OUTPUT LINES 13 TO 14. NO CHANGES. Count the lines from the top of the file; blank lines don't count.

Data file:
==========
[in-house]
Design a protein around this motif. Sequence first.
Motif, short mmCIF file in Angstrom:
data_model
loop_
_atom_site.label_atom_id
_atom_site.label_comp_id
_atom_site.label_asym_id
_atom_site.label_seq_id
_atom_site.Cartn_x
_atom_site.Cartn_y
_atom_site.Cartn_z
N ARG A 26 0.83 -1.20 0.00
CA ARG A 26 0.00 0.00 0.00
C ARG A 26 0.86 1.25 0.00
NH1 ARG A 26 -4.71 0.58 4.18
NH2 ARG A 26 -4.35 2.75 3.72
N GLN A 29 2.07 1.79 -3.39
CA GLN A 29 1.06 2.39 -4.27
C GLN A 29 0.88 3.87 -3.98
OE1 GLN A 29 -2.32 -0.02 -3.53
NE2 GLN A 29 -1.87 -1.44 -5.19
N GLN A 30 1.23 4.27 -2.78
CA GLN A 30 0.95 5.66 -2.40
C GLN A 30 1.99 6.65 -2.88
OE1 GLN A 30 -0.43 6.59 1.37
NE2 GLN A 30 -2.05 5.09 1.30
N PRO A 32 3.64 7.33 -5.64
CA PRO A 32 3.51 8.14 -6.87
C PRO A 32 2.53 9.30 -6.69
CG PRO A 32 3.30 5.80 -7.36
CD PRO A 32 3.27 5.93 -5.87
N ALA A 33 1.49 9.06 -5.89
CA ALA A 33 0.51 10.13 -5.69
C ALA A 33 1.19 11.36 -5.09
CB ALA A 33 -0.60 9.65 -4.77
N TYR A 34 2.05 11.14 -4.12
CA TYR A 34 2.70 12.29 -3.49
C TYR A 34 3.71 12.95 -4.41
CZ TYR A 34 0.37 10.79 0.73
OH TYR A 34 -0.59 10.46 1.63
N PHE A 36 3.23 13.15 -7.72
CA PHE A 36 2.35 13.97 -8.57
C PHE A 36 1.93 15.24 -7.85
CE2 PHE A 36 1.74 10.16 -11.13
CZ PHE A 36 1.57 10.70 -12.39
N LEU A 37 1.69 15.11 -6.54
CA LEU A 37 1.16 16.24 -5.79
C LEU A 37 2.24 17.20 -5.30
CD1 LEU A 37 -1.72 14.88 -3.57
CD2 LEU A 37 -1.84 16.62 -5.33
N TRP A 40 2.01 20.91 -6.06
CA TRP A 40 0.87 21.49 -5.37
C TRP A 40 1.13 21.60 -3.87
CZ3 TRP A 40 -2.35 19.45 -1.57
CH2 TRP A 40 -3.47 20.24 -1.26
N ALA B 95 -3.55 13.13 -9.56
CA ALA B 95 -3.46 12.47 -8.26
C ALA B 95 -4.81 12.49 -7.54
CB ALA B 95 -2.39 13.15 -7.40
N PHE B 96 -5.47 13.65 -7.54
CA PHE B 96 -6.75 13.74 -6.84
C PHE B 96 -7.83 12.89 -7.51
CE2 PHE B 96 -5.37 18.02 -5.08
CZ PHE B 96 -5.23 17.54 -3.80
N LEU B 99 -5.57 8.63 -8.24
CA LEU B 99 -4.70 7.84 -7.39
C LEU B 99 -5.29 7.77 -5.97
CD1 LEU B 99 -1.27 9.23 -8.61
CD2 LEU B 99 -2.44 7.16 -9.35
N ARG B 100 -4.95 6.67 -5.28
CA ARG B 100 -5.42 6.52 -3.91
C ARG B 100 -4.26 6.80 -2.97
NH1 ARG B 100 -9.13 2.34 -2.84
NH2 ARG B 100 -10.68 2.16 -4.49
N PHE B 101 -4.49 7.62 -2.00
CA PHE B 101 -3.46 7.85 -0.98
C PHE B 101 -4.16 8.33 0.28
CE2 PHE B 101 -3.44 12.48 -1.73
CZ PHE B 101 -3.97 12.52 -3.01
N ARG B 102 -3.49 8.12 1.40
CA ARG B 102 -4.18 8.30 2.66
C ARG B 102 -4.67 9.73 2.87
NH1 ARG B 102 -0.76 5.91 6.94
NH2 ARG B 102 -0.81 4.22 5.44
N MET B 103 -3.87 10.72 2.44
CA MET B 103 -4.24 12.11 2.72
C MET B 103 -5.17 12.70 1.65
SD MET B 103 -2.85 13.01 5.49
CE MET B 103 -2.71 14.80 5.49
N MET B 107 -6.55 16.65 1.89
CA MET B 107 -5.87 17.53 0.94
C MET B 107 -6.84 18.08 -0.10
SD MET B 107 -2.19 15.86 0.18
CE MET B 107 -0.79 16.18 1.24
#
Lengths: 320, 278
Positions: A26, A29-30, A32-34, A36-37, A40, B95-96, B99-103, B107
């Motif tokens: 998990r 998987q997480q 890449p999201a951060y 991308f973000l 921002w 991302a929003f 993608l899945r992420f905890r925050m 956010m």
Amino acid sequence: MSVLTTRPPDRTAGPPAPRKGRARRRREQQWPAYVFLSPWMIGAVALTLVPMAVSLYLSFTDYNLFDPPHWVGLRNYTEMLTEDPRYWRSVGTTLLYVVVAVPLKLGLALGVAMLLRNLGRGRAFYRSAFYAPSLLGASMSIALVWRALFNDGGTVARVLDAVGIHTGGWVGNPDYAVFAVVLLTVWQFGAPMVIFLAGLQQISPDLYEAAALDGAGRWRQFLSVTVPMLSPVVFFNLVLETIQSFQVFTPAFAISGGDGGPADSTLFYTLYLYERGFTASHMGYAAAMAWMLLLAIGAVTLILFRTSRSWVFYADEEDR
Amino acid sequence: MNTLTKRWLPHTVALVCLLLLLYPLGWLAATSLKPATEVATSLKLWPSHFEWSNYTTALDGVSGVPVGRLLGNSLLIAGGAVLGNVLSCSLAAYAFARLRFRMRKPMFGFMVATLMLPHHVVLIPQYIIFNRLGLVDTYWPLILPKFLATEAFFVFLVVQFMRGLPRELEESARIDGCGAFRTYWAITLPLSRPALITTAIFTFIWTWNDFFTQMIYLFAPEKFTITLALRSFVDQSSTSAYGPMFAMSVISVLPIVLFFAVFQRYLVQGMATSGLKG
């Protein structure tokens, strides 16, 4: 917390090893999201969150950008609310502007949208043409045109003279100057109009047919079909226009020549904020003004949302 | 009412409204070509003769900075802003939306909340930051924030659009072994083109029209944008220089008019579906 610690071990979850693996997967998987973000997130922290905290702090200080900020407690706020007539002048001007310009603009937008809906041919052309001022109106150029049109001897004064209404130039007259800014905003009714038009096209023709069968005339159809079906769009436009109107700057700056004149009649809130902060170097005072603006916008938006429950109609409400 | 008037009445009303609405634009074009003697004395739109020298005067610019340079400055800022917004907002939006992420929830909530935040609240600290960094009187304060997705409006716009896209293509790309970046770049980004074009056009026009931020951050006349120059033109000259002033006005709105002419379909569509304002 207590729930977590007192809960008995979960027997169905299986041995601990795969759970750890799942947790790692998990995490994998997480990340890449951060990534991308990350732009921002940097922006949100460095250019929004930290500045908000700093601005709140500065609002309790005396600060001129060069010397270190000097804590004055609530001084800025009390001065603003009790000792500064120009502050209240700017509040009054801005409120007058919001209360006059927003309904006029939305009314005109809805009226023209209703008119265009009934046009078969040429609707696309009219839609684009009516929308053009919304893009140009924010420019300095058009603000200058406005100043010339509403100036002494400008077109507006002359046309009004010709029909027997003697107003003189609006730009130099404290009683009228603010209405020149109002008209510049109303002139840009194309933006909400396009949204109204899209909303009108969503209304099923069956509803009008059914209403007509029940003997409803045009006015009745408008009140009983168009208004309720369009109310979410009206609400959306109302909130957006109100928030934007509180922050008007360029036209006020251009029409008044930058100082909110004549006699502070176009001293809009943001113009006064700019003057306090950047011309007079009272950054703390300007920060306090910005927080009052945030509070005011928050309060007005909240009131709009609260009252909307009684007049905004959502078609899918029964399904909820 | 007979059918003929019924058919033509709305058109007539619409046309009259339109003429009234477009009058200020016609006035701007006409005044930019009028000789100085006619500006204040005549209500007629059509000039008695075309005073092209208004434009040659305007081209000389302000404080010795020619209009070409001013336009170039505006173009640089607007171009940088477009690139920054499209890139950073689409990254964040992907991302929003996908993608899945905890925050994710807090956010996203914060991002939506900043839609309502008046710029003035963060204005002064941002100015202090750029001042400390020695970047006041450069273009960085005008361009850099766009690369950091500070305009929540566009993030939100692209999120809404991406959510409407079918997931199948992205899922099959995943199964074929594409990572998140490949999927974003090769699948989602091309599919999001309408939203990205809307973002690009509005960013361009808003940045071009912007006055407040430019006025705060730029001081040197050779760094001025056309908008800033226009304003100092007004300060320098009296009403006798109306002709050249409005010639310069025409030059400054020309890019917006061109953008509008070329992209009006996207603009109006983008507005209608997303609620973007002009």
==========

N ARG A 26 0.83 -1.20 0.00
CA ARG A 26 0.00 0.00 0.00